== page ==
Computer Programming: From the discussion of microprocessor 8085 and 8086, it is clear that all the instructions are nothing but the combination of 0s and 1s. ‘0’ indicates a low signal (may be voltage 0V) and ‘1’ indicates a high signal (may be voltage 5V).
On the other hand all the computers work on Von Neuman stored program principle. We have to store the computer program, which is nothing but the set of instruction and computer executes them one other another as per the program requirement.
We have to store the program (i.e. set of instructions) in computer memory. The starting address of the program must be specified which executing the program and it is loaded into the program counter. After that program counter keeps track of the execution of the program till the end of the program.
Every program must be end with a stop or terminating instruction, otherwise the control unit will keep on fetching information from memory. Once it encounters a halt or stop instruction, execution stops.
Consider that we want to add two numbers 75 and 97.
The first requirement is to keep this two numbers in memory.
Next we have to write a program to fetch this two numbers from memory to CPU and add this two numbers. Finally the result has to be stored in memory.
Again we have to load the program in memory. We must know the memory address of the first instruction where we have stored the program.
While executing the program counter must be loaded with the starting address of the program. The control unit will generate appropriate signal to perform the required task.
Consider that we are using Intel 8085 microprocessor to solve this problem. The task required to perform this operation:
Get the two numbers from memory to general purpose register.
Perform the addition operation
Store the result back into the memory.
Finer details with respect to 8085:
Assume that we store number 75 in memory location . The result will be stored in memory location .
One possible solution:
Step 1: First load the content of memory location to accumulator.
(machine instruction in hexadecimal)
The format of this instruction is opcode Low-order address high order address opcode of LDA is 00 11 10 10 i.e.
Step 2: Move the contents of accumulator to register B.
The format of this instruction is
0 1 D D D S S S
i.e. 0 1 0 0 0 1 1 1 (Machine instruction in hexadecimal)
Step 3: Load the content of memory location to accumulator
(Machine instruction in hexadecimal)
Step 4: Add the content of register B to accumulator and store the result in accumulator.
The format of this instruction is
1 0 0 0 0 S S S i.e. 1 0 0 0 0 0 0 0 (Machine instruction in hexadecimal)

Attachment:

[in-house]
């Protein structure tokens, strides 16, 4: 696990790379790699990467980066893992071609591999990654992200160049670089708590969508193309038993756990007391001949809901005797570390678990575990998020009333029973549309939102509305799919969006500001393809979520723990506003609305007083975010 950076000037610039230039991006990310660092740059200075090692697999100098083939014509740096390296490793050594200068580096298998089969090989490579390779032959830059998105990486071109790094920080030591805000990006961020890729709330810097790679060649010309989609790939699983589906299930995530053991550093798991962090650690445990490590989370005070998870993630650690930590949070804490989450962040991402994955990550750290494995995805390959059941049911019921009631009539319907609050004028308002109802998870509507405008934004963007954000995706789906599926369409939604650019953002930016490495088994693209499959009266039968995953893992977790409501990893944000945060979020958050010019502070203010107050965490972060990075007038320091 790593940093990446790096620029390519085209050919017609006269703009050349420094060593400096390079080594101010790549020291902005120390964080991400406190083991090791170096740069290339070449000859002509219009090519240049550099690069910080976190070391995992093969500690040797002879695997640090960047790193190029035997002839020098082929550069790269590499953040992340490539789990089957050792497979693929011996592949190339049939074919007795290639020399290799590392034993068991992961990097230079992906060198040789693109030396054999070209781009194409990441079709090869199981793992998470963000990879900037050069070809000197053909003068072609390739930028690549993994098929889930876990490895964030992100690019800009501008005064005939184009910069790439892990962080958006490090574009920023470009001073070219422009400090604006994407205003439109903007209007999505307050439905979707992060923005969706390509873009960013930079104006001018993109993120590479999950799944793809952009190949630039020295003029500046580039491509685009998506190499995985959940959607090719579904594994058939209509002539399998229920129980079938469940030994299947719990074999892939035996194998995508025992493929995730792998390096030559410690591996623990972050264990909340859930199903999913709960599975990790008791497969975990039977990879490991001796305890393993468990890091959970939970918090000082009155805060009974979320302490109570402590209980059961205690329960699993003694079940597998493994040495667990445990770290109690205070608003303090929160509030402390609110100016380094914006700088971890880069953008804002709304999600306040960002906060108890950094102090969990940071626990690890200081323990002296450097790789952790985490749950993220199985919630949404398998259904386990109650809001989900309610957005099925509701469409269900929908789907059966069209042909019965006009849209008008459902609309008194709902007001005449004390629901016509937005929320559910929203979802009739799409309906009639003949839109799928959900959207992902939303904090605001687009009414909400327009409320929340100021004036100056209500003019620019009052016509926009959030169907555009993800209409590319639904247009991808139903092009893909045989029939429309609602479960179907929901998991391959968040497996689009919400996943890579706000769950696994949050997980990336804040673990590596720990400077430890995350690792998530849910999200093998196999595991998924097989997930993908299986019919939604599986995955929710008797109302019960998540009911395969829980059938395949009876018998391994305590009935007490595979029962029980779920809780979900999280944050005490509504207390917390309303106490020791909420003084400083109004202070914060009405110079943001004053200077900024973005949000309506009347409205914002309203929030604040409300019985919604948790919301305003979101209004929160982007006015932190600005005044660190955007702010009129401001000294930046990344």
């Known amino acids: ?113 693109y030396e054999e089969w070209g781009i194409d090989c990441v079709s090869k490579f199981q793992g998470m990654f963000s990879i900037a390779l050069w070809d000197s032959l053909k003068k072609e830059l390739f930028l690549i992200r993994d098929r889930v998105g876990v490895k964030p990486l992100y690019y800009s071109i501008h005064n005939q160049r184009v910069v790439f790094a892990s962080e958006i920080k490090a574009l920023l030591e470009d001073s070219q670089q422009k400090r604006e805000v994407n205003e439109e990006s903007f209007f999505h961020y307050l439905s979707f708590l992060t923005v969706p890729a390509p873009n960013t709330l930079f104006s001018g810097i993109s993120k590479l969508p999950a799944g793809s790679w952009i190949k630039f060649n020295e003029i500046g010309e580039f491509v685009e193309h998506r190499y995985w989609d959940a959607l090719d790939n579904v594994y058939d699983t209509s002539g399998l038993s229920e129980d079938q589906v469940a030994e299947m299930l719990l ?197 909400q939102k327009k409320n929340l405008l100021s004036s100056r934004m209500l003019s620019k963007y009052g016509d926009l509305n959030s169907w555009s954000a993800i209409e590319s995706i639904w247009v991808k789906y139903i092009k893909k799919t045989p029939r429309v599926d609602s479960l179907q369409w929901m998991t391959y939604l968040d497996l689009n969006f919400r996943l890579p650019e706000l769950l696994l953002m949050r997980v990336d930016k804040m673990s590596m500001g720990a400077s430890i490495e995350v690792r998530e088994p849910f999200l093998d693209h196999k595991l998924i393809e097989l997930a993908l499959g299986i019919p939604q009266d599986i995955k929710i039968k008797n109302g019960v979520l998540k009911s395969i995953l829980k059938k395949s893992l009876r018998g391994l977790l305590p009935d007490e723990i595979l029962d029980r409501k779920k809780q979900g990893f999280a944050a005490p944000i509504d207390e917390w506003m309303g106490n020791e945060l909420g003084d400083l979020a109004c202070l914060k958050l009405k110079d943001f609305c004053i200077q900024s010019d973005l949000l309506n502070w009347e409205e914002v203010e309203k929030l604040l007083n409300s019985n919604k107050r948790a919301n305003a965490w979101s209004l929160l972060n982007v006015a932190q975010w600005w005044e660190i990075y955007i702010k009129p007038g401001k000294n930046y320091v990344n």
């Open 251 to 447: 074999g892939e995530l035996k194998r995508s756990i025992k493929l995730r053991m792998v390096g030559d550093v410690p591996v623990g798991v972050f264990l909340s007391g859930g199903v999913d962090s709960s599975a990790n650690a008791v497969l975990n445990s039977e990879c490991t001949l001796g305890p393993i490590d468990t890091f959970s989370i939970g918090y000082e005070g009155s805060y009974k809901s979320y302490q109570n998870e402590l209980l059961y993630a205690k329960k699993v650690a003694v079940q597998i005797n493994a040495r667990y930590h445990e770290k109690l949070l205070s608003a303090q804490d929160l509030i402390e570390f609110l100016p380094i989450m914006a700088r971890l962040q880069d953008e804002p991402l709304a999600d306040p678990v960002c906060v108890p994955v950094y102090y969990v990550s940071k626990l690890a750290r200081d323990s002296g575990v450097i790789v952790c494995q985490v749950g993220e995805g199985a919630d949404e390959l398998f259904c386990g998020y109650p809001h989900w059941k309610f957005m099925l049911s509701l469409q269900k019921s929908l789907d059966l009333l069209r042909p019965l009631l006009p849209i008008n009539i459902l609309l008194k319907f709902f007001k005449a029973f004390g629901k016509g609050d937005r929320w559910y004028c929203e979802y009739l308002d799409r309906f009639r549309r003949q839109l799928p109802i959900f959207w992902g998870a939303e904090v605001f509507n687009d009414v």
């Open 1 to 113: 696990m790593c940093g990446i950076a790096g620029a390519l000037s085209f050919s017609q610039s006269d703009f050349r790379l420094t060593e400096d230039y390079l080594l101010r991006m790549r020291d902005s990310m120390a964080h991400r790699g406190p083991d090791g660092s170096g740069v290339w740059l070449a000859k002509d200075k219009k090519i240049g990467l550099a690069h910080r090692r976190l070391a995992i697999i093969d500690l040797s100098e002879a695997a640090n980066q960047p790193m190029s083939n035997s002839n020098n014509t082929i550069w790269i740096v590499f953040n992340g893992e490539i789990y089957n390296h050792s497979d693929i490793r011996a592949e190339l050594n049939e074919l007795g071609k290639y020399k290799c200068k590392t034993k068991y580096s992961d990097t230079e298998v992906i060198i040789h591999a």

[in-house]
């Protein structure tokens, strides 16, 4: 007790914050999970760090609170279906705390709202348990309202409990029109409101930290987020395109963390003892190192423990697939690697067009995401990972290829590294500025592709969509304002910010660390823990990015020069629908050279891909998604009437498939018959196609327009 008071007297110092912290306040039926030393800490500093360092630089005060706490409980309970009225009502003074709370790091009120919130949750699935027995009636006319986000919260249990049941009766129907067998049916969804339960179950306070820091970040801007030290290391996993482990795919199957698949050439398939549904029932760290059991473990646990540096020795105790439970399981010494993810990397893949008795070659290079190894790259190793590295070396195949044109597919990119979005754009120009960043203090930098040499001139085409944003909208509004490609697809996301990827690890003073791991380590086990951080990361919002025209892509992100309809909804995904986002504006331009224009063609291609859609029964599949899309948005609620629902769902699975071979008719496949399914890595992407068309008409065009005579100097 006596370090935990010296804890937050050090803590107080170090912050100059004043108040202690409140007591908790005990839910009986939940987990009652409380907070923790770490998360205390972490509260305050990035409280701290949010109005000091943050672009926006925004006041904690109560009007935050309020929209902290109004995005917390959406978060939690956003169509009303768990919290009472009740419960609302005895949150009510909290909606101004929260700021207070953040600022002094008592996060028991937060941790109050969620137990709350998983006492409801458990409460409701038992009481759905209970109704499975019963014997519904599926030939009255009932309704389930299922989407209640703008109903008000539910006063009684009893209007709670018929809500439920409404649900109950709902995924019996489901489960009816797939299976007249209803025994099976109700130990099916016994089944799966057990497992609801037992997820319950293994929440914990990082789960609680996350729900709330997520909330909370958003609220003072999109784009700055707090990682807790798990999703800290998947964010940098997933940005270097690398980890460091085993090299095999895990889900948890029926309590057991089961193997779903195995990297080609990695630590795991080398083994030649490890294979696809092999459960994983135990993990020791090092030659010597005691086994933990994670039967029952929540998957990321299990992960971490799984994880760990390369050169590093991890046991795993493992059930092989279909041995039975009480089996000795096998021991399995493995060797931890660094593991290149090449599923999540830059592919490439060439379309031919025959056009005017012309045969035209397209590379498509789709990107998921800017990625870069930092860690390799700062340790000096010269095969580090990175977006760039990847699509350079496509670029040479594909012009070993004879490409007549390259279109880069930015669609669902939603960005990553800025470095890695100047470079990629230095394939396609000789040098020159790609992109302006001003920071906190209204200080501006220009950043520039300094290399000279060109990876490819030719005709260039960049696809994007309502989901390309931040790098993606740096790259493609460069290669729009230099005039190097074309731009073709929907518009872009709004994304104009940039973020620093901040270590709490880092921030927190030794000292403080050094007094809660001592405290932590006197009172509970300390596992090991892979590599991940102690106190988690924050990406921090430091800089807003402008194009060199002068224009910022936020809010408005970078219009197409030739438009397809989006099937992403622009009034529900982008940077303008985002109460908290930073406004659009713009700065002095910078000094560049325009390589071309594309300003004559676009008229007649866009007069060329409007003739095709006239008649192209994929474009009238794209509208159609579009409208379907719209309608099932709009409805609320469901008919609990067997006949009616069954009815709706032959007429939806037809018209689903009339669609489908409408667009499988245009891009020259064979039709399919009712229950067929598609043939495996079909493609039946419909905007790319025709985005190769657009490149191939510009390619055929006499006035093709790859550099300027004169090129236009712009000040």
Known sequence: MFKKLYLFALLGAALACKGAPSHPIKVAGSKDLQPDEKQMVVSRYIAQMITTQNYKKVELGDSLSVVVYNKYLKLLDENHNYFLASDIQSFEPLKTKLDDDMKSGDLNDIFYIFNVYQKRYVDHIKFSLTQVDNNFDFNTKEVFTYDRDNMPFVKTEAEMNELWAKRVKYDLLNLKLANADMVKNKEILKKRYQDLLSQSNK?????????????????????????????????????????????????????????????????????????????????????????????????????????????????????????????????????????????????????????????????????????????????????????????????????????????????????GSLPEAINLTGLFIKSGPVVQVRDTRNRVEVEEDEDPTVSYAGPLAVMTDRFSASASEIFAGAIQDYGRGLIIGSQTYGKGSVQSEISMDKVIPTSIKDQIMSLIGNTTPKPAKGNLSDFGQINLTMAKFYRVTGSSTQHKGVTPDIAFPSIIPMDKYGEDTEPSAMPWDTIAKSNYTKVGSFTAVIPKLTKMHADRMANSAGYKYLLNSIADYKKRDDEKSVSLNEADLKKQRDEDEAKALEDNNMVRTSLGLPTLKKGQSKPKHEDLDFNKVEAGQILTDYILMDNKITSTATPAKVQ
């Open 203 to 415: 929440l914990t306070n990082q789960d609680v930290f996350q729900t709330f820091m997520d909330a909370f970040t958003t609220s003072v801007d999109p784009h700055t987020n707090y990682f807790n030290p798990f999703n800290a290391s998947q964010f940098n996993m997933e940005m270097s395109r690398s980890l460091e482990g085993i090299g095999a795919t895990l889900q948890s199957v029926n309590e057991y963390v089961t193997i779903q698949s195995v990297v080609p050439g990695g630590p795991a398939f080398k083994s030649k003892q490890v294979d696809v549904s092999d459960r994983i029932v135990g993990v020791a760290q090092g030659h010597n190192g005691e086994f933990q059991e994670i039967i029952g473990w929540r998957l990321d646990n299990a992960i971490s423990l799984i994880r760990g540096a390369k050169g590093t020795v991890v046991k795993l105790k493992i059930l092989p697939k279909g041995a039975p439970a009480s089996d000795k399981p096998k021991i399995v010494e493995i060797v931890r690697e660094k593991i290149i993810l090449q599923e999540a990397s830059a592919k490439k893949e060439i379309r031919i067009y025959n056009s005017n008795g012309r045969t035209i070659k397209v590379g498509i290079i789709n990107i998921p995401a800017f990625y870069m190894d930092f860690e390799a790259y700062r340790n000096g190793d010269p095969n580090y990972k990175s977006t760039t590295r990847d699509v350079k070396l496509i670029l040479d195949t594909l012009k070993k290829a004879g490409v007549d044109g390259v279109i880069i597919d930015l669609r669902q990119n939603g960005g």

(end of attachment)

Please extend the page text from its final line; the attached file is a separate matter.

Step 5: Store the result that is present in accumulator to memory location
3 2 0 2 1 0 (Machine instruction in hexadecimal)
opcode Lower order address higher order address
opcode of STA is 0 0 1 1 0 0 1 0 i.e.
Step 6 : HALT : to indicate the end of program
Opcode of HALT 0 1 1 1 0 1 1 0
Therefore to carry out this addition, we have to perform these five operation.
In this example we assume that data are available in memory and storing the result in memory.
But if we want to take the input from some input device (like key board), first we have to accept the input from keyboard and stored in some memory location. Similarly to display the result in monitor, we have to get the result from memory and display in monitor with the help of some instruction.
The complete program is :
3A 00 10
3A 01 10
32 02 10
If we store this program from memory location , then the contents of memory is shown below:
Memory Address in Hex
While executing the program, the program counter (PC) will be loaded with the starting memory address of this program, i.e. 0100H.
The processor will start execution this program starting from memory location 0100H and it keeps on doing the execution job till it encounters a halt instruction.
If we program the microprocessor in this way, i.e writing the machine code directly, it is known as machine language programming.
The main advantage of machine language programming is that the memory control is directly in the hands of the programmer, so that, he/she may able to manage the memory of the system more efficiently.
The disadvantages of machine language programming are more prominent.
The programming, coding and resource management techniques are tedious. The programmer has to take care of al these functions.
The programs are difficult to understand unless one has a thorough technical knowledge of the processor architecture and the instruction set.
Also it is difficult to remember the machine code of each and every instruction,.
Assembly Language programming:
The assembly language programming is simpler as compared to the machine language programming.
The instruction mnemonics are directly used in the assembly language programming. There is an one-to –one correspondence between instruction mnemonics and machine instruction.
An assembler is used to translate the assembly language programming to machine code.
The program written in assembly language programming is more readable than machine language programming.
The main improvement in assembly language over machine language is that the address value and the contents can be identified by labels.
The assembly language instruction sequence for 8085 microprocessor of the previously discussed program will look like: